Arabhorse sat down with Elise Verdoncq, Arabian Liberty trainer for Cavalia's hit show Odysseo to find out the secrets to her success and what makes Arabians the perfect breed for the job.
The internationally acclaimed Cavalia pushes the limits of live entertainment with its newest production that is now touring the globe. Cavalia Odysseo is a theatrical experience, an ode to horse and man that marries the equestrian arts, awe inspiring acrobatics and high-tech theatrical effects. Set under a 38-meter tall White Big Top, audiences are transported around the world as more than 50 horses and an international cast play and demonstrate their intimate bond. The 1,393 square meter stage features a real carousel and a magically appearing 302,000-litre lake in front of a stunning video backdrop the size of three IMAX screens. Odysseo is a two-hour dream that will move the heart and touch the soul. It is an evening that the audience will never forget.
Cavalia will then be traveling to Burbank, CA where the show will open February 27th, 2013 and their final stop on the current schedule is Laval, QC, Canada with an opening date of 14th.
Why do you use Arabians for the liberty section of your show?
Arabians work best for the liberty section because they love to work in a team environment. The Arabians are very smart and truly enjoy the game of liberty. The trainer, as well as the other eight horses, is simply a part of the game. The Arabians are a very smart breed, which also makes them very suitable for the liberty act. Lastly the Arabians are a high-energy breed, which keeps the liberty show lively and entertaining!
Have you used other breeds in your liberty act?
Yes, I have worked with Spanish horses before and they are also nice, it just leads for a different style of liberty. The Spanish horses look to the trainer as their boss and follow directions, while the Arabians treat the trainer as part of their herd. Each Spanish horse seemed to stay in a different corner of the stage and do his or her own tricks instead of one cohesive show.
How long does the liberty training process take?
The training of a liberty horse never ends, they are always learning new things. For a liberty team on nine horses to display a basic show the training should take approximately one year.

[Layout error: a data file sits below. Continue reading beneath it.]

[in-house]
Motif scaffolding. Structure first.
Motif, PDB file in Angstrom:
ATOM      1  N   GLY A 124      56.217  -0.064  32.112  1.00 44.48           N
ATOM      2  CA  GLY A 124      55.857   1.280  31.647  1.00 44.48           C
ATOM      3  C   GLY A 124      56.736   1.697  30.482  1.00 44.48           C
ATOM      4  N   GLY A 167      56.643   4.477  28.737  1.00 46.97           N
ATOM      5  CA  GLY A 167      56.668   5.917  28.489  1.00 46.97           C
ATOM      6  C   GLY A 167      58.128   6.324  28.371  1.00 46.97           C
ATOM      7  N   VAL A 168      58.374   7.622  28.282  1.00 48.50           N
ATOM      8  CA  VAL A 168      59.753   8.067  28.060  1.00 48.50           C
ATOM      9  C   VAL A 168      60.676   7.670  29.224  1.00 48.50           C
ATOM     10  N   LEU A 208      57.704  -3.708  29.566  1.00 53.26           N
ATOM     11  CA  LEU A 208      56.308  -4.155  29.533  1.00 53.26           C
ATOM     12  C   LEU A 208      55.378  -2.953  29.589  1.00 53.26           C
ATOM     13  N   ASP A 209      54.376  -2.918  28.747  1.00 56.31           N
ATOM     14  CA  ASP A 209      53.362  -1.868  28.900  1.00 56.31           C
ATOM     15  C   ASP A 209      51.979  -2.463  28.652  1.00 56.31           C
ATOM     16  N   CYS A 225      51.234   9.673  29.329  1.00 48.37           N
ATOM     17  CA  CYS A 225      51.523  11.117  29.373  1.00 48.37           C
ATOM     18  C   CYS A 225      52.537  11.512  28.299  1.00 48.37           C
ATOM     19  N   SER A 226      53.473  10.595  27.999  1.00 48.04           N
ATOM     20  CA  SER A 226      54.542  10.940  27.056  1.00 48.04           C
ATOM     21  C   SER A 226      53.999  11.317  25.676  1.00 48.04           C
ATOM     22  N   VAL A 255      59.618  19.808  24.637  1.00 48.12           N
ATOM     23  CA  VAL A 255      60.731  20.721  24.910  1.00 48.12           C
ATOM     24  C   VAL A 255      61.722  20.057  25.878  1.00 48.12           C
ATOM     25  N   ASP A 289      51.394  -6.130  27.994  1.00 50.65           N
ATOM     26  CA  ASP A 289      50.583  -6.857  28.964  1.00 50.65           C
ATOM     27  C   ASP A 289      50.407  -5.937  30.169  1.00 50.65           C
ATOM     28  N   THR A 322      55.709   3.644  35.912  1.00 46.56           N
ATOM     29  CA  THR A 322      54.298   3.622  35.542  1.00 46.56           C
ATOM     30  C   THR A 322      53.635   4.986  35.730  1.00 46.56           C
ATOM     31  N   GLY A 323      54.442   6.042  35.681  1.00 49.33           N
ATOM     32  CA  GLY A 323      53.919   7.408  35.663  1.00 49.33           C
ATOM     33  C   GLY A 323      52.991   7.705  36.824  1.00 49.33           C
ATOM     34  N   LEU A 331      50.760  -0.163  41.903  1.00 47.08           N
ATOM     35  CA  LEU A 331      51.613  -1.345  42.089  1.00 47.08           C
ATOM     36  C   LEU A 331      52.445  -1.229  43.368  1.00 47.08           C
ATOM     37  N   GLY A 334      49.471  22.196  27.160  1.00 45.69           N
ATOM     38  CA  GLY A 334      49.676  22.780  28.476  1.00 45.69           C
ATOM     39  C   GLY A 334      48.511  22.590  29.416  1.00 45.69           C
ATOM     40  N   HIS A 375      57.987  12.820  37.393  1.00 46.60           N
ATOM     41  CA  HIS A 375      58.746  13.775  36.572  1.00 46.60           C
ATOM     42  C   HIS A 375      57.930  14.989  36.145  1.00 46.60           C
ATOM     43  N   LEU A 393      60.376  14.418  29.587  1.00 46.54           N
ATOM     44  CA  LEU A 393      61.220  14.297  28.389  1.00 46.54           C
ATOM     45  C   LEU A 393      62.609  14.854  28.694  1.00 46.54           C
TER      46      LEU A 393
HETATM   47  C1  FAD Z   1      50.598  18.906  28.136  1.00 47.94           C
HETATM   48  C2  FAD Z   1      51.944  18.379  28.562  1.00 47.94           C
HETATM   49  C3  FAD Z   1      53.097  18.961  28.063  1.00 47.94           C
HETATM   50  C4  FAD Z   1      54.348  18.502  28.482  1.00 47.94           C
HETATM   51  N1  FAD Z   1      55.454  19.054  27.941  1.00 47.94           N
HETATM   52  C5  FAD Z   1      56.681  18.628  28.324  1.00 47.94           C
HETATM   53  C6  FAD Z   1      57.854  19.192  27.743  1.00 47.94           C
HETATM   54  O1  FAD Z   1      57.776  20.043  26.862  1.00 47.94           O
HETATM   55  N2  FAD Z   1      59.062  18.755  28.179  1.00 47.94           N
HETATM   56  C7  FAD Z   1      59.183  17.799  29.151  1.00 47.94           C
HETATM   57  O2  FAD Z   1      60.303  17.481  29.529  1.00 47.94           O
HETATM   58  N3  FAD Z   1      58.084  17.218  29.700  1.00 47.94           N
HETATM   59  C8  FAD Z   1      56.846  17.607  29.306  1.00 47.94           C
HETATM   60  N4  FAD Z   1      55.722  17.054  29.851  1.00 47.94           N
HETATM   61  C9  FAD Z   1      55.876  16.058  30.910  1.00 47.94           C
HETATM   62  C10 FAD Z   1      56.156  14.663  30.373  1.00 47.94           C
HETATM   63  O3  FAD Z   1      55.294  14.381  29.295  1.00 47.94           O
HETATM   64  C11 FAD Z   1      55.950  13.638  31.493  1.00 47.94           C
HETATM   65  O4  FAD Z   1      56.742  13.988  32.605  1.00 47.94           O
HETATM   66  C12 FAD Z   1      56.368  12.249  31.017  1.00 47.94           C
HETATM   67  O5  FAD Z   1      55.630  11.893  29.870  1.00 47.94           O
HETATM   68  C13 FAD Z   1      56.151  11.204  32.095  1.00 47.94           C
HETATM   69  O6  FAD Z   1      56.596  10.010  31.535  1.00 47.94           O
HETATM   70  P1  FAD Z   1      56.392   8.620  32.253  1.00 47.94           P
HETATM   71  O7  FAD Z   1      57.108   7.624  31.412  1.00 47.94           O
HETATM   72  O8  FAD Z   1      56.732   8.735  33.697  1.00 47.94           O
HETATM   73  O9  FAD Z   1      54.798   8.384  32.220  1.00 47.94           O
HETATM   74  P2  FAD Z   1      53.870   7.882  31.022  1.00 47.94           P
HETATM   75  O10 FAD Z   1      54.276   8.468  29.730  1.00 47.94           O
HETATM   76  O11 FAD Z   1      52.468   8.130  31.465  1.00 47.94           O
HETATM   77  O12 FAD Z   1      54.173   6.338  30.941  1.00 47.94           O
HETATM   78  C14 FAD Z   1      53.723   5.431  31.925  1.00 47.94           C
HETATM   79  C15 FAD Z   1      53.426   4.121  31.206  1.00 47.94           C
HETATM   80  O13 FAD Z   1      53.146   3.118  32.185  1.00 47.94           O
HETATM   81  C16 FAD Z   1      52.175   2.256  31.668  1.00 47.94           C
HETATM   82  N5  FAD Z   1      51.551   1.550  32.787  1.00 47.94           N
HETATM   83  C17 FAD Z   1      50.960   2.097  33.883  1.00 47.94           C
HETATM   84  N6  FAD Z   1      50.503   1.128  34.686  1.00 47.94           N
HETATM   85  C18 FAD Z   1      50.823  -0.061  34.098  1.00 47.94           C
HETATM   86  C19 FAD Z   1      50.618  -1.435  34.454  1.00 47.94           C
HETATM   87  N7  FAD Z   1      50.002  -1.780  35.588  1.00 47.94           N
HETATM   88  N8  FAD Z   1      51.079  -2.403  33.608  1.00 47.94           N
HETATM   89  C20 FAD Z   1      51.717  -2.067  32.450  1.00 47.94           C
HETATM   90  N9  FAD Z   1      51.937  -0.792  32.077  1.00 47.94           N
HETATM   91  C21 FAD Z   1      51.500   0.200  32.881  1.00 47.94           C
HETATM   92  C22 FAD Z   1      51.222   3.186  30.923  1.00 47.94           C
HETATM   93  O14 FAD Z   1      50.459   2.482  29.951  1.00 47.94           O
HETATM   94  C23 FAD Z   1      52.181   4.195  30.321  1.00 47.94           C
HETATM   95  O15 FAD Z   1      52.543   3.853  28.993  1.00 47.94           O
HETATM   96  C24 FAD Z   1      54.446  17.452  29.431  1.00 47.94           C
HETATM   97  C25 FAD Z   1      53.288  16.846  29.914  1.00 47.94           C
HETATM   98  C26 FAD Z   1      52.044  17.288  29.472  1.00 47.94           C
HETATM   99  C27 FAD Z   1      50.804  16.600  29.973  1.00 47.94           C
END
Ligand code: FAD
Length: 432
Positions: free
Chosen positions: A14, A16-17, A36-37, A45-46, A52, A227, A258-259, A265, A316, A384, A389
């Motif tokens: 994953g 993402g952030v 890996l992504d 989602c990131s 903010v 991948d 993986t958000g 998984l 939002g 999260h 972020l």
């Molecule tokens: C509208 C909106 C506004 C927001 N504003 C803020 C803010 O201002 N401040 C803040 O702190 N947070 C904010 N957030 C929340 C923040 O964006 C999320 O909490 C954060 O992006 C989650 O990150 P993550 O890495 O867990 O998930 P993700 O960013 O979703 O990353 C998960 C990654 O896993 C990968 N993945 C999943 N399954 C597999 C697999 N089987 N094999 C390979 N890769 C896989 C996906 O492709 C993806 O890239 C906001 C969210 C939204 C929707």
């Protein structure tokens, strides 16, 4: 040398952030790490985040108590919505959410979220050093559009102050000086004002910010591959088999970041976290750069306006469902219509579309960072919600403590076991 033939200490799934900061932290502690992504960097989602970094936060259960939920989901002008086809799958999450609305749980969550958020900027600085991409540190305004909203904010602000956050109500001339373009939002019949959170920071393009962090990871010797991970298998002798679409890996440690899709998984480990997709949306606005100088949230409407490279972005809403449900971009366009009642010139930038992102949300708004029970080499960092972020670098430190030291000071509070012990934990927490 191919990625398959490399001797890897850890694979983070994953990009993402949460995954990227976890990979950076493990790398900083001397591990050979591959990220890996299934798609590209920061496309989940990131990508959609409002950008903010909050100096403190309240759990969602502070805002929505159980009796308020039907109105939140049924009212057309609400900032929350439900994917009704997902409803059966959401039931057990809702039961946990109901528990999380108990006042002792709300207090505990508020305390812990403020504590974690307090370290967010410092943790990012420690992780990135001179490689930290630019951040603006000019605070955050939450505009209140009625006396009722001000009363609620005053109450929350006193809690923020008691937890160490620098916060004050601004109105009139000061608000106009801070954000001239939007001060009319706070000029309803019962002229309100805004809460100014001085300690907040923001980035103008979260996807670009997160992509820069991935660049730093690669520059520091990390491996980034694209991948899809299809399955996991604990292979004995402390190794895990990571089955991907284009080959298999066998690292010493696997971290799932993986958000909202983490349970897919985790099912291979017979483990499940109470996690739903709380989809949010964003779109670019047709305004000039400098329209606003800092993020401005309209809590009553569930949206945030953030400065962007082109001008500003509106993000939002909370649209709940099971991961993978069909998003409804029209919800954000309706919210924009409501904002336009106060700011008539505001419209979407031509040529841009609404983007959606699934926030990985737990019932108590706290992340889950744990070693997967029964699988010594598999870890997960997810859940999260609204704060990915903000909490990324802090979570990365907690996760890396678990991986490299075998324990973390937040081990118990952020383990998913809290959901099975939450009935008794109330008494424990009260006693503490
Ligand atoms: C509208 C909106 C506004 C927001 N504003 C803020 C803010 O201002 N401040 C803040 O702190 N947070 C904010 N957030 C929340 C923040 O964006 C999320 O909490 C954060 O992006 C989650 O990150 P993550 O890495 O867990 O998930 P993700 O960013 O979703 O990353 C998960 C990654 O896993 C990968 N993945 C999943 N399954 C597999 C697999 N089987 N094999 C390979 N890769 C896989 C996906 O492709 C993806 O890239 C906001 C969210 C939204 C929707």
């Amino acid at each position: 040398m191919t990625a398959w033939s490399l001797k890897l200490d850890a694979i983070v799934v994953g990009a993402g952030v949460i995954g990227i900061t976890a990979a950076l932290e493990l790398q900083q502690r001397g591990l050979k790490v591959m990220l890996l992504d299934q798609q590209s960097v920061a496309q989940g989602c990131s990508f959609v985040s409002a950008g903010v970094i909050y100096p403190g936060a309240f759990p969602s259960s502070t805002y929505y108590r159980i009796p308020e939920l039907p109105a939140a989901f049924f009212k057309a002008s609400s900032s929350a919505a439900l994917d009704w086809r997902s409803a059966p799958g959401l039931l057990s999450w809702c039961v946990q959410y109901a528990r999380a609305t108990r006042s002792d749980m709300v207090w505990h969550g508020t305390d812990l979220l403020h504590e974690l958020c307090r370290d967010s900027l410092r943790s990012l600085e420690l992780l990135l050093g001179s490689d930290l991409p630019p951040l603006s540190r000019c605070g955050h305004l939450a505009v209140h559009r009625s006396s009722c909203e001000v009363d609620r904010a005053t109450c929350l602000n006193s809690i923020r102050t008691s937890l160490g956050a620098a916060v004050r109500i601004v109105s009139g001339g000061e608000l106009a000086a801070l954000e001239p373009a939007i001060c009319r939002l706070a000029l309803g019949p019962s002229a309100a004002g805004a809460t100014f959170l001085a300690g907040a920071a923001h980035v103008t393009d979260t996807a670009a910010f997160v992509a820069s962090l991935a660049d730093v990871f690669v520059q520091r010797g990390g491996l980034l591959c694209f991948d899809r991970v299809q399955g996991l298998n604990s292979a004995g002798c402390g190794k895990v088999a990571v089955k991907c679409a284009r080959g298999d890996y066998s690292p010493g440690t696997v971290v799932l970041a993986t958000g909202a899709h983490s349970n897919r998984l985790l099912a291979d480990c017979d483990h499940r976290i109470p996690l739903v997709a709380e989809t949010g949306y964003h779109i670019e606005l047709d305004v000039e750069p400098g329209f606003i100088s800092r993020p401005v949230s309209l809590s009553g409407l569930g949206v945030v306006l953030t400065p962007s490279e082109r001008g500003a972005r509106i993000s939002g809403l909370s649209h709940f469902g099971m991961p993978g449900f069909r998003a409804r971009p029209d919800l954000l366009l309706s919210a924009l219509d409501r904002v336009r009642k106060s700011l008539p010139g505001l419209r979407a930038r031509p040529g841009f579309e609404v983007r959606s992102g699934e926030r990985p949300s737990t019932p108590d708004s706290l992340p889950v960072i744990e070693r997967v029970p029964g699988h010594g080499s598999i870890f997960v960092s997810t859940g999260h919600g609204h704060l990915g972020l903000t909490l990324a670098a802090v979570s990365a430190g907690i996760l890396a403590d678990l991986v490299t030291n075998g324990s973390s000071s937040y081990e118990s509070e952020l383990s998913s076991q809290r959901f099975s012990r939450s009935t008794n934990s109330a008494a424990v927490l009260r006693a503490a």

It is quite obvious during the show that there is a hierarchy amongst the team, how is this determined?
After getting to know each horse the trainer decided which horse will be the lead and which horses will play the other eight roles. Each horse is trained for his or her individual positions in the show and it is important that they keep their place in line. Once the team knows where they all belong they often get upset if one gets out of line, for example if horse #3 attempts to get in front of horse #2, horse #2 will often put horse #3 back into their place. We must keep in mind that the liberty is a game to the Arabians and they can get competitive.
Other than Liberty training what does these horses days consist of?
All of the horses are broke to ride, some are trained as jumpers, some dressage and others are trained as trick horses. This helps both the horses mentally as well as the show. If any of the horses are not feeling well they are quickly pulled from the show, it is important that other horses are trained as backups. Horses can quickly become bored with a routine, riding them a few days a week gives them a break from their liberty training. Each horse is also given turn out time in an outdoor paddock each day.
What is the age range of your Liberty horses?
The youngest member of the liberty team is three years old and the oldest is eight.
There is a lot of commotion and activity going on during the show as well as behind the scenes, but your liberty team seems very comfortable and unaffected by it all; why do you think this is?
The horses look to their trainer as the leader of the herd, if she is unalarmed by the events happening around they feel comfortable and are not stressed. They place a lot of trust in their trainer.
What training tips would you give to anyone interested in doing liberty with his or her horses?
Patience and respect are key. If you give the horses enough time to understand what it is that you are asking of them they are generally happy to work with you. Arabians love to please; you just need to give them the opportunity. Respecting the horse is also very important. You must read their body language, if they look upset of timid you are probably pushing too hard, if they are angry or negative they may need a break. If you force them to do what you are asking it will never happen, you must respect them as animals and have the patience to wait for it all to come together. Just like people, horses have their good days and their bad days, you must accept their mistakes and move onto the next show.